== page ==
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Civilian team to keep an eye on spy agency

NAIROBI
By Standard Team | January 27th 2020
National Intelligence Service Director General Phillip Kameru when he took his oath of office in 2014. [File, Standard]

A High Court order has paved the way for a civilian body to oversight the National Intelligence Service (NIS).

In a judgement exclusively seen by The Standard, Justice Reuben Nyakundi ordered the State to appoint five members to sit on Intelligence Service Complaints Board within 180 days. The board is required to check the excesses of the spy agency,

The State has for seven years since the enactment of the National Intelligence Service Act, 2012 (NISA) failed to establish the board. Its main work is to receive and inquire into complaints from aggrieved persons on anything done by the NIS director general or a member of the service.

Successive governments have ignored the provision to establish the civilian oversight body since 1998, when a civilian complaints mechanism was for the first time statutorily provided for under Section 25 of the 1998 National Security Intelligence Service Act.

At that time, the then Special Branch was a dreaded security outfit accused of torturing government critics and detaining them incommunicado.

Its successor is the NIS, whose work is to gather information and pass it to different agencies and brief the president, who is the head of the National Security Council. Although reformed, the service still requires oversight given the risk of abuse of power. 

The spy agency is increasingly playing a front-line role in President Uhuru Kenyatta’s administration, as besides tapping spies to head key security agencies, the president has directed NIS to provide specific intelligence on cartels blamed for corrupting the public service system.

In the past, there have been complaints against the government’s mass surveillance on citizens as a violation of civil liberties, as well as the role of the spy agency in human rights violations, such as rendition, which could be among the complaints the oversight body, if implemented, is likely to confront.

Human rights lobby Katiba Institute argued in its court petition that the law and provisions ensuring civilian authority is established and exercised over the NIS have not been properly and comprehensively implemented.

Consequently, the petitioner argued, citizens have limited recourse whenever their rights are violated by service members.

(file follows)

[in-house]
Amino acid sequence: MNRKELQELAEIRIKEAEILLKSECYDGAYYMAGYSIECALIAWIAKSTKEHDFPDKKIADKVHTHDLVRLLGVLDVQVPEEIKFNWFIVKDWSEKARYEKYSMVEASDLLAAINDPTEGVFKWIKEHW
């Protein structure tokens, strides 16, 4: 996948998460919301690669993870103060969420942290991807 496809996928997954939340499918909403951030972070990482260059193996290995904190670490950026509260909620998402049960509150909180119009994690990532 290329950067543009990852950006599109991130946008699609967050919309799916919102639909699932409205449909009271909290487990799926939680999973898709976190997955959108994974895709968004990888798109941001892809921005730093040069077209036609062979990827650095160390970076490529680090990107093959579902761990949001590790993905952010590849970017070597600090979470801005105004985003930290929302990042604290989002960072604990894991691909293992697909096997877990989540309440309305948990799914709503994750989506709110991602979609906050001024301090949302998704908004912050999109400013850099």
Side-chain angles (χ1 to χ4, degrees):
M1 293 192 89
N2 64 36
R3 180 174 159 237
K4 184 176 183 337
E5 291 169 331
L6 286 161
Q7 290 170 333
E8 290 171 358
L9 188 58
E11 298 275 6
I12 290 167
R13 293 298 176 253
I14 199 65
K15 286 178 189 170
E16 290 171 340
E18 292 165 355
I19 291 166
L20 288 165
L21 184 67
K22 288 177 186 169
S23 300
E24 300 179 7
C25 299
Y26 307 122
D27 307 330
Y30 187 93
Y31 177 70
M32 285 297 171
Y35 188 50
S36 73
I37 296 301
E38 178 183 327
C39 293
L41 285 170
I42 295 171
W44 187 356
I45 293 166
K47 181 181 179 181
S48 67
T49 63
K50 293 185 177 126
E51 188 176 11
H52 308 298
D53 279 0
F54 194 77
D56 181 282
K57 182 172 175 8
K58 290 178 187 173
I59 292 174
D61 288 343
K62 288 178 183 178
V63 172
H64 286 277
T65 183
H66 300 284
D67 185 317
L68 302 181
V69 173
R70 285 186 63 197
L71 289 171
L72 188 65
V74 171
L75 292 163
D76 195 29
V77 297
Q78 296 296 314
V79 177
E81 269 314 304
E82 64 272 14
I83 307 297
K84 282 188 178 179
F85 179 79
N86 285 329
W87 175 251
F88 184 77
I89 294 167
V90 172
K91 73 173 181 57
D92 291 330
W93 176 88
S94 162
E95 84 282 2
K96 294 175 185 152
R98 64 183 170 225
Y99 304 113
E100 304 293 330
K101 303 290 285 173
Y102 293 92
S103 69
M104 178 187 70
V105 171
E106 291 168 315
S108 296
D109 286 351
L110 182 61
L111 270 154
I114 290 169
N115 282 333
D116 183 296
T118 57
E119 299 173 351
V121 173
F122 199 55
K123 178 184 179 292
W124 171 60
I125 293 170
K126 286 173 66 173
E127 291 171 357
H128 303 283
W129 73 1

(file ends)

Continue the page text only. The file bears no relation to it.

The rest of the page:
“Per the petitioner, the failure to operationalise the board compromises the rights of citizens to fair administrative action against wrongful actions of the director general and the members of the NIS,” the court papers state.

“Such omission, the argument goes, also runs the risk that the NIS could run without any oversight mechanism, contrary to the dictates of the Constitution, like its predecessor the Special Branch.” 

The judge found there was no plausible reason given on why the NIS has had no civilian board in place since the NIS Act came into operation.

“These explanations, respectfully, amount to mere excuses in my view. It cannot be said that a delay of six years since the commencement of the NISA is not inordinate. That the Constitution is not explicit is its timelines for the requirement that there be established a civilian authority to oversee the workings of the NIS is not far from being a compelling excuse for the respondents to be resting on their laurels,” the judge ruled.

In the case, Katiba Institute, though its lawyers Lempaa Suyianka and Ruth Nyaberi, argued that the delay had denied Kenyans a right to seek redress, and that the importance of the board was to ensure accountability and transparency in the agency.

Justice Nyakundi directed the State to file an affidavit showing that it had complied with court orders at the end of the exercise. According to the judge, the respective government agencies had failed to show steps it had taken from 2018 when the case was filed.

No evidence

“All that matters is that it is a constitutional requirement that the NIS be subject to civilian authority. The public has a legitimate expectation of this, yet the constitution of the board is as far as the evidence herein suggests, in limbo. While I in no way seek to usurp their mandate by directing how they ought to operate, I find that for a respondent that has insisted on being in the advanced stages of operationalising the board, from the time the petition was filed up, through the length and breadth of the proceedings culminating in this judgement, little by way of evidence has been adduced in support of their assertions,” he ruled.

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